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Citroën DS

Citroën DS
Also called
  • Citroën DS 19 / DS 21 / DS 23
  • Citroën D Special
  • Citroën D Super
  • Citroën ID 19 / ID 21
  • Citroën DW (UK, 1962–1965)
  • 1955–1975
  • 1,455,746 produced[nb 1]
DesignerFlaminio Bertoni
Body and chassis
ClassExecutive car (E)
Body style
LayoutMF layout
RelatedCitroën SM
  • 1911 cc I4 (DS/ID 19)
  • 1985 cc I4 (DS 20)
  • 2175 cc I4 (DS 21)
  • 2347 cc I4 (DS 23)
Transmission3-speed automatic
4-speed manual
5-speed manual
4-speed semi-automatic
Wheelbase3,124 mm (123.0 in)[2]
Length4,826 mm (190.0 in) (saloon)
4,991 mm (196.5 in) (estate)
Width1,791 mm (70.5 in)
Height1,464 mm (57.6 in) (saloon)
1,537 mm (60.5 in) (estate)
Curb weight1,270 kg (2,800 lb)(saloon)
1,384 kg (3,051 lb) (estate)
PredecessorCitroën Traction Avant
SuccessorCitroën CX

The Citroën DS (French pronunciation: [si.tʁɔ.ɛn de.ɛs]) is a front mid-engined, front-wheel drive executive car manufactured and marketed by Citroën from 1955 to 1975, in fastback/sedan, wagon/estate, and convertible body configurations, across three series of one generation.

Marketed with a less expensive variant, the Citroën ID, the DS was known for its aerodynamic, futuristic body design; unorthodox, quirky, and innovative technology, and it set new standards in ride quality, handling, and braking,[3] thanks to both being the first mass production car equipped with hydropneumatic suspension, as well as disc brakes.[4] The 1967 series 3 also introduced directional headlights to a mass-produced car.[nb 2]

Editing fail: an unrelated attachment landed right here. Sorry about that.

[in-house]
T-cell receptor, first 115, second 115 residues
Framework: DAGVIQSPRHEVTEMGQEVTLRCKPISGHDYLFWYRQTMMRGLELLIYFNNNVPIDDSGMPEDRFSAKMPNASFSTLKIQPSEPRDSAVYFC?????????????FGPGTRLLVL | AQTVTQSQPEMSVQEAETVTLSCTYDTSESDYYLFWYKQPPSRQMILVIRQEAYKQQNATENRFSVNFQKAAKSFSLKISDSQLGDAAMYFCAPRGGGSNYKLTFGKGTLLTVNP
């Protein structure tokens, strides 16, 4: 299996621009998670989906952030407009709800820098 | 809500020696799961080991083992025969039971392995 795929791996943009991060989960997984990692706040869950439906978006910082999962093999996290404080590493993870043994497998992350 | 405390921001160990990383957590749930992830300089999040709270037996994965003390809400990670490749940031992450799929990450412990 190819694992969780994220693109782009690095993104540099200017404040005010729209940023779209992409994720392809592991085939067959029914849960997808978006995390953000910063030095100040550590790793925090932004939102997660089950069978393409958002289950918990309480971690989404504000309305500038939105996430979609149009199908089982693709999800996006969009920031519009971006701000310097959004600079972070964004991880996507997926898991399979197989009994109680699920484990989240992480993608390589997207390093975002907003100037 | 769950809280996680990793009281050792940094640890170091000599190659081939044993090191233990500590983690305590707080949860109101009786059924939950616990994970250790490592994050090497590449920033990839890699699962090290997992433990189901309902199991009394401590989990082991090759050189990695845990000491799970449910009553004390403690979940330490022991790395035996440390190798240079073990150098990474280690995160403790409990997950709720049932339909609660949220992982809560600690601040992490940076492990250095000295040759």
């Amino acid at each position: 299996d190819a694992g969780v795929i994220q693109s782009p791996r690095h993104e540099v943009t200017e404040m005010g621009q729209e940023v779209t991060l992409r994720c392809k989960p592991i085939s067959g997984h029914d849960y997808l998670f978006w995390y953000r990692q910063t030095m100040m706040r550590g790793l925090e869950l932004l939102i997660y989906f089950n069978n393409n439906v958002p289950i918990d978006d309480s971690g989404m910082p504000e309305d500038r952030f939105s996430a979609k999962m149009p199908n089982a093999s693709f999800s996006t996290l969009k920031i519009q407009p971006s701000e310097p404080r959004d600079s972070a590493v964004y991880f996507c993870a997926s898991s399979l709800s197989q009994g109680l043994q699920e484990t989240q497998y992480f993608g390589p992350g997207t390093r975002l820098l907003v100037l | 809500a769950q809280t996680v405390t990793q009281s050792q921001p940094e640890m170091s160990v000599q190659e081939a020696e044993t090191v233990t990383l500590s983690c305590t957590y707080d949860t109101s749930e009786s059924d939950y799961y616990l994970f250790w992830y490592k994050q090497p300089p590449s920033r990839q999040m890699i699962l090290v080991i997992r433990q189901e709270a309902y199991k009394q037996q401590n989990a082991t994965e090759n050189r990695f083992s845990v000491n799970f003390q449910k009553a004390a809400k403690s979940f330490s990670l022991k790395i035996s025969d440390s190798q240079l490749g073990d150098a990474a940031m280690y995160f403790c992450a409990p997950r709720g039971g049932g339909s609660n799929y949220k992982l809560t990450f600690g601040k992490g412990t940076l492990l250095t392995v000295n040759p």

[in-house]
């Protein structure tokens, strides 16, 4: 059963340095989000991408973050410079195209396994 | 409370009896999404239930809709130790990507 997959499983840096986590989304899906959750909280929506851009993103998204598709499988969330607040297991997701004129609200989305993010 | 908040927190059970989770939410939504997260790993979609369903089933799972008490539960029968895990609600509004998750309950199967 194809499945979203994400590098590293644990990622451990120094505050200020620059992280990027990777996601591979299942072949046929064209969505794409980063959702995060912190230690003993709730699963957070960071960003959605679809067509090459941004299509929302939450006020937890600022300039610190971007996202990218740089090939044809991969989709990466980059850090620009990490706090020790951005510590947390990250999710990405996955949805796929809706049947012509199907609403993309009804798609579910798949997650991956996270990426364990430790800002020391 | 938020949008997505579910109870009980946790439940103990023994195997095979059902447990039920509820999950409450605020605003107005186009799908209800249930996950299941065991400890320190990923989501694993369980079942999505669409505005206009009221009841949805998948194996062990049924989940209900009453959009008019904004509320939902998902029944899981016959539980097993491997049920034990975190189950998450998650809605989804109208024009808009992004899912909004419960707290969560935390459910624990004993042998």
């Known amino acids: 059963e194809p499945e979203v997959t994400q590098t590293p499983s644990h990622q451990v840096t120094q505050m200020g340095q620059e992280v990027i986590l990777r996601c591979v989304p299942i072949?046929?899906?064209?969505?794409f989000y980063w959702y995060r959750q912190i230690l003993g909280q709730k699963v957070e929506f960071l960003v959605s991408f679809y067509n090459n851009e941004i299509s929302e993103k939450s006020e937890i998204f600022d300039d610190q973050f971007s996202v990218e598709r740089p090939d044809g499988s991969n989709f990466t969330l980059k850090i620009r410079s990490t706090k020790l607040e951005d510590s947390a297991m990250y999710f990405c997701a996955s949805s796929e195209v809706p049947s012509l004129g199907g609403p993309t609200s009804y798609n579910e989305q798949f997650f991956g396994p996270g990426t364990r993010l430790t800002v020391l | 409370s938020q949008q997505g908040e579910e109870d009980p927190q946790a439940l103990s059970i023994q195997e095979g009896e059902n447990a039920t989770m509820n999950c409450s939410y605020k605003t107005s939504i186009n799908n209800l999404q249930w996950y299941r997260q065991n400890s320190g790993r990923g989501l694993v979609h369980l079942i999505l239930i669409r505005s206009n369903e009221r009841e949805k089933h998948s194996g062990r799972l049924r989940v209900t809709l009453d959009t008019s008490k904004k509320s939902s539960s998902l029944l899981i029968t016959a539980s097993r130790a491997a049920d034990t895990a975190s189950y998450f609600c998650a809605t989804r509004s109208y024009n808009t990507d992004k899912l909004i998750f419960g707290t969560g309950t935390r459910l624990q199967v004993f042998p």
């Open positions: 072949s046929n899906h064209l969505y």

Italian sculptor and industrial designer Flaminio Bertoni and the French aeronautical engineer André Lefèbvre styled and engineered the car, and Paul Magès developed the hydropneumatic self-levelling suspension. Robert Opron designed the 1967 Series 3 facelift. Citroën built 1,455,746 examples in six countries, of which 1,330,755 were manufactured at Citroën's main Paris Quai de Javel (now Quai André-Citroën) production plant.[5]

In combination with Citroën's proven front-wheel drive, the DS was used competitively in rally racing during almost its entire 20‑year production run, and achieved multiple major victories, as early as 1959, and as late as 1974. It placed third in the 1999 Car of the Century poll recognizing the world's most influential auto designs and was named the most beautiful car of all time by Classic & Sports Car magazine.[6]

The name DS and ID are puns in the French language. "DS" is pronounced exactly like déesse, lit.'goddess', whereas "ID" is pronounced as idée ('idea').

Model history

Turn indicators were mounted in the upper corners of the rear window, tail and brake lights integrated in chromed rear bumper.